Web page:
Life Insurance—does it Pay as an Investment?
no question of greater importance to the
Importance of the Question.
bulk of the population in this and other colonies, or one which more nearly affects their worldly prosperity, could be asked than that which forms the heading of this pamphlet. And it would be difficult to find a question of equal moment with regard to which there is such a wide diversity of opinion, even among those who are fully qualified, both by education and ability, to judge for themselves on such a matter. Year after year, in the columns of the daily press and in pamphlet form, the public are entreated to avail themselves of the opportunities held out to them by the various Life Insurance Companies; but notwithstanding the numerous arguments, good, bad, and indifferent, pressed into the service of the latter, there can be no doubt that a very large proportion of the general public are anything but favourably inclined towards the system of life insurance. To give publicity to the reasons which have induced many to form this adverse opinion, and to show, to the best of his ability, how far they are borne out by facts, is the object of the writer of these pages. He is not interested in the slightest degree in the prosperity of any life insurance company in existence; nor has he any intention of taking steps to become so. His object is simply to draw the attention of the public to a question of the very greatest importance to many of them, and to which they have not as yet received a
satisfactory answer—" Life Insurance—Does it pay as an investment?"
What Life Insurance claims to be.
First of all let us see what is claimed for the system by those most interested in its further pro motion and prosperity. Professedly it is neither more nor less than a wide-spread scheme of benevo lence—an universal panacea for "all the ills (almost) that flesh is heir to,"—a system which enables those who will accept of its benevolence to bear calmly the every day trials and misfortunes of life, confident in the assurance that those near and dear to then: are securely provided for in the event of their decease. And its advocates do not stop even at this. If we are to believe them a participation in this system of life insurance is an incentive to thrift a sacred duty, a pledge of affection, and a kind of written testimony to the piety of all those whose inclinations or hopes may induce them to become partakers of this scheme of benevolence.
Eagerness of Insurance Companies to increase their business.
—the word is used advisedly—the system of life insurance be all that is claimed for it by its advocates; if it really is based on true benevolent principles, one would think that it would only have to be made known to be accepted willingly by everyone. Such, however, is apparently not by any means the case; and there is something extremely incongruous, not to say ludicrous (allowing the scheme to be one of benevolence), in the eagerness displayed by Life Insurance Companies to increase their business. Almost every one has heard the anecdote (false or true it is worth re-telling) of the American traveller who was so pestered by insurance agents while in London that he sought a refuge at the top of the Monument, and who, on emerging on the railed platform, was accosted by a benevolent looking gentleman with, a solicitation to take note of the advantages offered by Table III. The satirist who first invented the anecdote (if it was invented was scarcely going beyond the mark in his cari-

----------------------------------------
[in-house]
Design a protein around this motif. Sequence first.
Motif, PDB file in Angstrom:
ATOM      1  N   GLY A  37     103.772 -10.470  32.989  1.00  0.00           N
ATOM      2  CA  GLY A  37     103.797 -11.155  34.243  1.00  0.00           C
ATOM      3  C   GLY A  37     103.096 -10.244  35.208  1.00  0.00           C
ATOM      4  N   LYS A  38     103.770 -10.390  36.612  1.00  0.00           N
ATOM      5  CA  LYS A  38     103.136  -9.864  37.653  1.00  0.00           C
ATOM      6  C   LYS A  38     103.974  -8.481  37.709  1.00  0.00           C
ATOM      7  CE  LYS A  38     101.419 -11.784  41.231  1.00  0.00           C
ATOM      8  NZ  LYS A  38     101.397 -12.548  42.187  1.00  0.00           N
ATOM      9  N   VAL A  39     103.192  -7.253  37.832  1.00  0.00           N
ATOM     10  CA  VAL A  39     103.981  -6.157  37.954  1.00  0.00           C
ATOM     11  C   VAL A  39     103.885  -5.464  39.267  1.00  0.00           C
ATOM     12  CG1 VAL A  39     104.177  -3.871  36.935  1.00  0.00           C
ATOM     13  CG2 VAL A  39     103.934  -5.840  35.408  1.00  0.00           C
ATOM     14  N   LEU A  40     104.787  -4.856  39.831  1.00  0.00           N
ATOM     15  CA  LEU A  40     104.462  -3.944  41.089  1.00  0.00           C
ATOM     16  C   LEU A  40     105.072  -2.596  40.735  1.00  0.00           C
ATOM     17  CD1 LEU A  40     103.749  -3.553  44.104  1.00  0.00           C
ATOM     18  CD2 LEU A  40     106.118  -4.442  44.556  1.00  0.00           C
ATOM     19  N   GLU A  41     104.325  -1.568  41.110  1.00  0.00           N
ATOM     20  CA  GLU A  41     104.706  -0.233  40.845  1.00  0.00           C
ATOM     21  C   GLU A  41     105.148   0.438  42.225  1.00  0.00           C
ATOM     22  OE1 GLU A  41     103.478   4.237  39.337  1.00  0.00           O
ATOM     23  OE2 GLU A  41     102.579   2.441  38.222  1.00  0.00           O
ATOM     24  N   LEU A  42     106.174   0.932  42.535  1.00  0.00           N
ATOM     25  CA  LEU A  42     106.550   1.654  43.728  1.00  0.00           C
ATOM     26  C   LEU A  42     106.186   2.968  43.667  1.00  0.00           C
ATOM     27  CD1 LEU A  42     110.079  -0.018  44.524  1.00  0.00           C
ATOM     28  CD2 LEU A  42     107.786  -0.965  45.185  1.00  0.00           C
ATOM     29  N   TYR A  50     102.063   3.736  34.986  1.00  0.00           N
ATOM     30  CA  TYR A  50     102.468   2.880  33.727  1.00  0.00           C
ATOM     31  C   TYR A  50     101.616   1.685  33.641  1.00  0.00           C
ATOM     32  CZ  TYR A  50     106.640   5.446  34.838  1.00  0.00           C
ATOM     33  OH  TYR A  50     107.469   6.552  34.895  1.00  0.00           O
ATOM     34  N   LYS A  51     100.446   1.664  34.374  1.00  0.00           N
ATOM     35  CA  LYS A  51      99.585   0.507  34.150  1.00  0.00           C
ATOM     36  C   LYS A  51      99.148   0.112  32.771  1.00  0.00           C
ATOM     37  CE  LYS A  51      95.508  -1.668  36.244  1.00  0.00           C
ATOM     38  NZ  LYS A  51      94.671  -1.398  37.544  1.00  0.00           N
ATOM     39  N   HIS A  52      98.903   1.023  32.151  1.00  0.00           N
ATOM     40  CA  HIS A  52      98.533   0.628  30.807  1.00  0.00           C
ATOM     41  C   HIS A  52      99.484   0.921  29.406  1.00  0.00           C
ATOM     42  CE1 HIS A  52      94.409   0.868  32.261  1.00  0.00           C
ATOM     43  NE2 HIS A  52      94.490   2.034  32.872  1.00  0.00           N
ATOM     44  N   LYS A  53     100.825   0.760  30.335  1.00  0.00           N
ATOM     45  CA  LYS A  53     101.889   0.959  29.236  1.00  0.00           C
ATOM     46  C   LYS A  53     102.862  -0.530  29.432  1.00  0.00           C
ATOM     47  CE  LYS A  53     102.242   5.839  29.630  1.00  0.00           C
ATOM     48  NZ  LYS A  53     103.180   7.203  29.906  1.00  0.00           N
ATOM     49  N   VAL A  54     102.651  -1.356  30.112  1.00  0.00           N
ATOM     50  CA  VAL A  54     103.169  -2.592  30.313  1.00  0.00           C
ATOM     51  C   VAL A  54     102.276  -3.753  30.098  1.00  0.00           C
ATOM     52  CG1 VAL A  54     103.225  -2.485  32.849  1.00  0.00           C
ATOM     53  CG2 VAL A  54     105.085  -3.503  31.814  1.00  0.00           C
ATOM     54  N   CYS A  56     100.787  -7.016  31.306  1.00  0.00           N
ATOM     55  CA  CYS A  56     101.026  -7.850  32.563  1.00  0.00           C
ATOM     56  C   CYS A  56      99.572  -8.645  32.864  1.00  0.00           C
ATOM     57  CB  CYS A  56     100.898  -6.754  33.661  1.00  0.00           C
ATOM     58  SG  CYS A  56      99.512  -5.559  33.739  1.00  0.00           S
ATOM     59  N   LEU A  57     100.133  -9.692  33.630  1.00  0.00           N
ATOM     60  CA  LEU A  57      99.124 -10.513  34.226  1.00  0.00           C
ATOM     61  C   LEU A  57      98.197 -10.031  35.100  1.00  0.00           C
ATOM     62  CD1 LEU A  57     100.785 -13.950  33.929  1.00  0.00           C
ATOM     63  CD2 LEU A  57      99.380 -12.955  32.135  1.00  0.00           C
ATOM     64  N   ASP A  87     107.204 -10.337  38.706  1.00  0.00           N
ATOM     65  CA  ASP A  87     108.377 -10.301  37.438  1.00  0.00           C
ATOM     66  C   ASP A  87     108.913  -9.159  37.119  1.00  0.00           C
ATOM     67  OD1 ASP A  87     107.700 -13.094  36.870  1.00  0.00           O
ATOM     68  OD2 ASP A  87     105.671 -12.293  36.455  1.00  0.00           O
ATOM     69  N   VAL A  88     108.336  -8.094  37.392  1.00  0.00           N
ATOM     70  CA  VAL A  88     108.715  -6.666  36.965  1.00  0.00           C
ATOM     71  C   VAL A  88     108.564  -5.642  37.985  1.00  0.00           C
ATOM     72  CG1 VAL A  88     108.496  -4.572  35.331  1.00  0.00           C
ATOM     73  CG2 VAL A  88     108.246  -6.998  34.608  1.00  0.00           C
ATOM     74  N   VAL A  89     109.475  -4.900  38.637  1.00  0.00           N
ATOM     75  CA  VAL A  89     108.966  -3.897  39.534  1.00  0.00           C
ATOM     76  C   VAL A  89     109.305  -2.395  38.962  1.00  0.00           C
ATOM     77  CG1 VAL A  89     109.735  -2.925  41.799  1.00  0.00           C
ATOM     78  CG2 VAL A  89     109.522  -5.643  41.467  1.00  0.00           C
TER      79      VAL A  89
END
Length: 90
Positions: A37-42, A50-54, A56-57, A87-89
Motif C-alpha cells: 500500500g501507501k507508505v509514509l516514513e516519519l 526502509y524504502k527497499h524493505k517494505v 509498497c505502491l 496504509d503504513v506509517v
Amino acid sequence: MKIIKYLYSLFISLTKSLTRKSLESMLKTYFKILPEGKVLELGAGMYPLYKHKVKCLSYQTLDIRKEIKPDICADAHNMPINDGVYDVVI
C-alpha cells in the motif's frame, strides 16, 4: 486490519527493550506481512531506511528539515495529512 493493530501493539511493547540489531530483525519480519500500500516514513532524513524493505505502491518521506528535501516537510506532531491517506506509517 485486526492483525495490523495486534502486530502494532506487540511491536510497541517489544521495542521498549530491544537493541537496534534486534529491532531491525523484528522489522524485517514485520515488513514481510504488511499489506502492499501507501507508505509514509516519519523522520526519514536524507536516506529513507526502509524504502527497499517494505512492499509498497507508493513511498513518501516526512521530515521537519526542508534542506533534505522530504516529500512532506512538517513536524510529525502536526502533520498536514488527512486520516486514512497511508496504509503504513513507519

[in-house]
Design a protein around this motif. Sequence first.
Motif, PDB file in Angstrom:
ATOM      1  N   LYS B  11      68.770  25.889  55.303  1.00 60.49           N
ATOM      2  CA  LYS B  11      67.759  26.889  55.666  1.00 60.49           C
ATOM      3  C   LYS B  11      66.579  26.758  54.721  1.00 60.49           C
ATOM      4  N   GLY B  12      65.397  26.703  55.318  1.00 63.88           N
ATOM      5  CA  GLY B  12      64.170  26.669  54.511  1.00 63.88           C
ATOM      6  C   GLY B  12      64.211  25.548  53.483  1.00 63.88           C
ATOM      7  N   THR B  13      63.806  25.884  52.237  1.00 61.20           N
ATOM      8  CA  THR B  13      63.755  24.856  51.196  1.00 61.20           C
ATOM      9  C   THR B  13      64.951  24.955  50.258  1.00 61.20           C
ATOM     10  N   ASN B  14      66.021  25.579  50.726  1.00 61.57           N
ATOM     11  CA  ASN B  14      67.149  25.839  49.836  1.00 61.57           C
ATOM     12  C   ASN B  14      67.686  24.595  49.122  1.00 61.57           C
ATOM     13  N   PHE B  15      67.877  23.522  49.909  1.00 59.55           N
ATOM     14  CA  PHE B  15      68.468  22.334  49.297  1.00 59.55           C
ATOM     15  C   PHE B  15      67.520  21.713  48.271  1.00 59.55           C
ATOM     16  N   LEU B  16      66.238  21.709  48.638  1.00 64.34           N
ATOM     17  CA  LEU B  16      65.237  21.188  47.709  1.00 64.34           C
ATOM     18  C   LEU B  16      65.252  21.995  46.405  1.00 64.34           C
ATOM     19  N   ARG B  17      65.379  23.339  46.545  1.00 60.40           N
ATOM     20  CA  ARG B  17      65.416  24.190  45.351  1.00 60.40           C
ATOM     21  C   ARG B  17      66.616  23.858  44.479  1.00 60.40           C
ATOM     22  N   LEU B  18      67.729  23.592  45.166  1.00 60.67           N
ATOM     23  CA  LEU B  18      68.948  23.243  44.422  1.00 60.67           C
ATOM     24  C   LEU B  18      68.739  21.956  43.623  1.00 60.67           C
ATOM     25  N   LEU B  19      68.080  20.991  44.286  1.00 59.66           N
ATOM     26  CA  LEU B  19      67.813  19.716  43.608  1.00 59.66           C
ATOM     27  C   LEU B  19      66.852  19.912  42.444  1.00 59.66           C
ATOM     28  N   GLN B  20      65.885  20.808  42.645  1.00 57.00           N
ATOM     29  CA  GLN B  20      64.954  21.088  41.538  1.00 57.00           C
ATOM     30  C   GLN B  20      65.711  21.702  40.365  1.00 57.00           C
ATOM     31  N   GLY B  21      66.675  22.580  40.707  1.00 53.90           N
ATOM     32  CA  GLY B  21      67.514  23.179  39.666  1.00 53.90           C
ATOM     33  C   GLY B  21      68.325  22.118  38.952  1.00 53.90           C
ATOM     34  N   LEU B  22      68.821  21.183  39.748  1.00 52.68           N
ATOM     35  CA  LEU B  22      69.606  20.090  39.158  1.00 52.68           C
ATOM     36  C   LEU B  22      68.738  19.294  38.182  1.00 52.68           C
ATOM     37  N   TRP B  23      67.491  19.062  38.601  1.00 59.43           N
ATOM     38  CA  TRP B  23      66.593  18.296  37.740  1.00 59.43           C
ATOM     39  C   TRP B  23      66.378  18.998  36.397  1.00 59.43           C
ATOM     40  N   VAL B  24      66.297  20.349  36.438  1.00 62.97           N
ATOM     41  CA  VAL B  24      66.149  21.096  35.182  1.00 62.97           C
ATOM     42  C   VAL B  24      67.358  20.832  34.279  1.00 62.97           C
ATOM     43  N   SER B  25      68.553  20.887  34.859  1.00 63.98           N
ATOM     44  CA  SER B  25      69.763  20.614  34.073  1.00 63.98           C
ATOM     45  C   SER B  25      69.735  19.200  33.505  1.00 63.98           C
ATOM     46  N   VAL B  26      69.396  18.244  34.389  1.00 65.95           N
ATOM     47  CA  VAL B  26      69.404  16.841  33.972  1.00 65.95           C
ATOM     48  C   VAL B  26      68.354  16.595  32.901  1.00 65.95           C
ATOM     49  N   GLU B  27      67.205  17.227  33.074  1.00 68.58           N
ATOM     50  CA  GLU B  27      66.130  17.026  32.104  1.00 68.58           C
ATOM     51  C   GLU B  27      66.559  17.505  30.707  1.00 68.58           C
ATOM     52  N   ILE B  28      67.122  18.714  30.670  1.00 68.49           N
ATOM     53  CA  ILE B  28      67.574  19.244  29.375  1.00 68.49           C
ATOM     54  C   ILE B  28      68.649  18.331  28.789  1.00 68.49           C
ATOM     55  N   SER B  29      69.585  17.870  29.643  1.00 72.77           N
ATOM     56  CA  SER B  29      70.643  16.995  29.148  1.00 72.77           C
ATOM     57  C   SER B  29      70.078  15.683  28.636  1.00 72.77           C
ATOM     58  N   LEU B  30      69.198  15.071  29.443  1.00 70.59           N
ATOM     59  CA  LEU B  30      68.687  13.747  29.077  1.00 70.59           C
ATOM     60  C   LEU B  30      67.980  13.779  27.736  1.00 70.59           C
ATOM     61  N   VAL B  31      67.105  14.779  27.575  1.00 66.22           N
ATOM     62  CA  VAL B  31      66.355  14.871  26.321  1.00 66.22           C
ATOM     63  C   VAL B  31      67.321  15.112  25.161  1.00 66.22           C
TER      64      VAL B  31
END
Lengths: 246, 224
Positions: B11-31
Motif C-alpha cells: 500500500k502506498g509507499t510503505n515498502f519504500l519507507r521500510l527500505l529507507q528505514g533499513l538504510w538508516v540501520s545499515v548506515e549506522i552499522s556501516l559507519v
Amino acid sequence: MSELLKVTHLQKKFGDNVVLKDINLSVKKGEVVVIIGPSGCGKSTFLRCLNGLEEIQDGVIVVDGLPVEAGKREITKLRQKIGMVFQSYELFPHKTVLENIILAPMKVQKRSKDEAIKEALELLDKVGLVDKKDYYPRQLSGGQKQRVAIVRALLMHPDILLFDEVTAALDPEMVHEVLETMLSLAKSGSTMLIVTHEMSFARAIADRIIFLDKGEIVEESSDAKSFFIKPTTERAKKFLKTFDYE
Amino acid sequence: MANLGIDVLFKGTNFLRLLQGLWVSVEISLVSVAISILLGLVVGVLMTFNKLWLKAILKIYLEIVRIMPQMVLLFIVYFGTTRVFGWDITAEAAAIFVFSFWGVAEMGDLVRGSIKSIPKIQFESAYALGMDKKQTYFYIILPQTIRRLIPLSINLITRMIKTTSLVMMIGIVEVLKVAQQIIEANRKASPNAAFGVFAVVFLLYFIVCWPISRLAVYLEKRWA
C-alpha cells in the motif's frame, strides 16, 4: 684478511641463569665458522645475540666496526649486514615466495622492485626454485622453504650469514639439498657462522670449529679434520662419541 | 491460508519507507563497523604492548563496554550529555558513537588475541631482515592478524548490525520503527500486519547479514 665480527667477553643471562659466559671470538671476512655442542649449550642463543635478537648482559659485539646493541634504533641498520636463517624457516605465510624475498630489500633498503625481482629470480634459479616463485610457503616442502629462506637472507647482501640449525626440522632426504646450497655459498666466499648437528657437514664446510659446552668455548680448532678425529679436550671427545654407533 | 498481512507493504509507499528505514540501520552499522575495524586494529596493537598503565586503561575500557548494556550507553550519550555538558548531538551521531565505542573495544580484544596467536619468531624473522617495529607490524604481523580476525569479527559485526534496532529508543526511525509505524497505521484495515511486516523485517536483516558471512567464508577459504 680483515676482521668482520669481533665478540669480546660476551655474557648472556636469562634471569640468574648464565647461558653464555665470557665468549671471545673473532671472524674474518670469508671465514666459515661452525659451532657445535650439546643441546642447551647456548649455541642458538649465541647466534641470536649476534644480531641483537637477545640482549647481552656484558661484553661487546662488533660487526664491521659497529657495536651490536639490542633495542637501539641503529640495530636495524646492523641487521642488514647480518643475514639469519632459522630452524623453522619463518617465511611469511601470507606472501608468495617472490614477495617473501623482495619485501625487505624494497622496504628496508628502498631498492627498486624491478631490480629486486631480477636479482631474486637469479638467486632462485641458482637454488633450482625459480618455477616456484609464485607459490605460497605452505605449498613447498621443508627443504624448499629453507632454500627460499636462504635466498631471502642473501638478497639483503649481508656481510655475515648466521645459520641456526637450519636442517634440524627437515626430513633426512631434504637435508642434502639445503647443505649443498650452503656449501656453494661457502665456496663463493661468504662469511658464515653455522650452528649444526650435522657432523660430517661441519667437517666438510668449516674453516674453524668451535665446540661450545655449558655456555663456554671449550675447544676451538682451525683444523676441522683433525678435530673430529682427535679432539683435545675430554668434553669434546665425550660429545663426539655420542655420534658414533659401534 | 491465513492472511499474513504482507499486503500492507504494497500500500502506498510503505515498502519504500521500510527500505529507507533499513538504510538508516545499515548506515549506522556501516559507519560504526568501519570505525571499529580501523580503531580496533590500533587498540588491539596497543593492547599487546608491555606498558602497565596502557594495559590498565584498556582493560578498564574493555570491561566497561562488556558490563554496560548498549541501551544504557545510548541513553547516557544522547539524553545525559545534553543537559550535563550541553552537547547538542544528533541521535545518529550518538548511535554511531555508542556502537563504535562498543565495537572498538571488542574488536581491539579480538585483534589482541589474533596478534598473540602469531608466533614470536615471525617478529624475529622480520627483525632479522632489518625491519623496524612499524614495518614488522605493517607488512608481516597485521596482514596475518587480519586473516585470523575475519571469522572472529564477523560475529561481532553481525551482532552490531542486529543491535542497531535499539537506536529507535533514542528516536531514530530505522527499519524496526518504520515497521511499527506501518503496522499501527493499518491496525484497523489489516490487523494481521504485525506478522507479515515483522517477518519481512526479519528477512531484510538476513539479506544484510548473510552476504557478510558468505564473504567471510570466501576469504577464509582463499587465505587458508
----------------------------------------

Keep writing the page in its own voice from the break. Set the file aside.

cature of the persistency displayed by a certain class of insurance agents. Even in this colony it is scarcely, possible to invest half a dozen times in postage stamps at one of the country post offices without undergoing a somewhat similar experience. If any mortal is
Activity of Insurance Agents.
entitled to lay claim to ubiquity, that mortal is surely to be discovered in the guise of an insurance agent Their activity in the pursuit of business (horrid word to use in reference to a scheme of benevolencel), is only equalled by the unblushing effrontery which they display in urging the claims of the company which they represent. No statement of the necessities of the individual whose "life" they are anxious to secure is sufficient to restrain their importunity; no ugly experience in the annals of life insurance which cannot be smoothed away by these specious touters. Ask them to explain
Unwillingness of Agents to explain the details of life insurance.
system by which the millions of capital are built up; evince but the slightest desire to become acquainted with the number of policy holders who have contributed to build up this vast pile of gold, but who have received none of it in return; and the insurance agent becomes, metaphorically speaking, a cuttlefish, and escapes the awkward enquiries by enveloping himself in a cloud of hackneyed utterances regarding the extreme benevolence
of the company which he has the honour (?) to represent.
The fact that the pecuniary circumstances of the individual, whose life they are endeavouring to secure, are not such as to warrant his entering into such a contract as that indicated, has no effect in checking these touters' ardour. In the palace or the workshop they are to be found equally at home, holding out the fear of death in one hand and their scheme of benevolence in the other, and only bent on securing the life which will entitle them to draw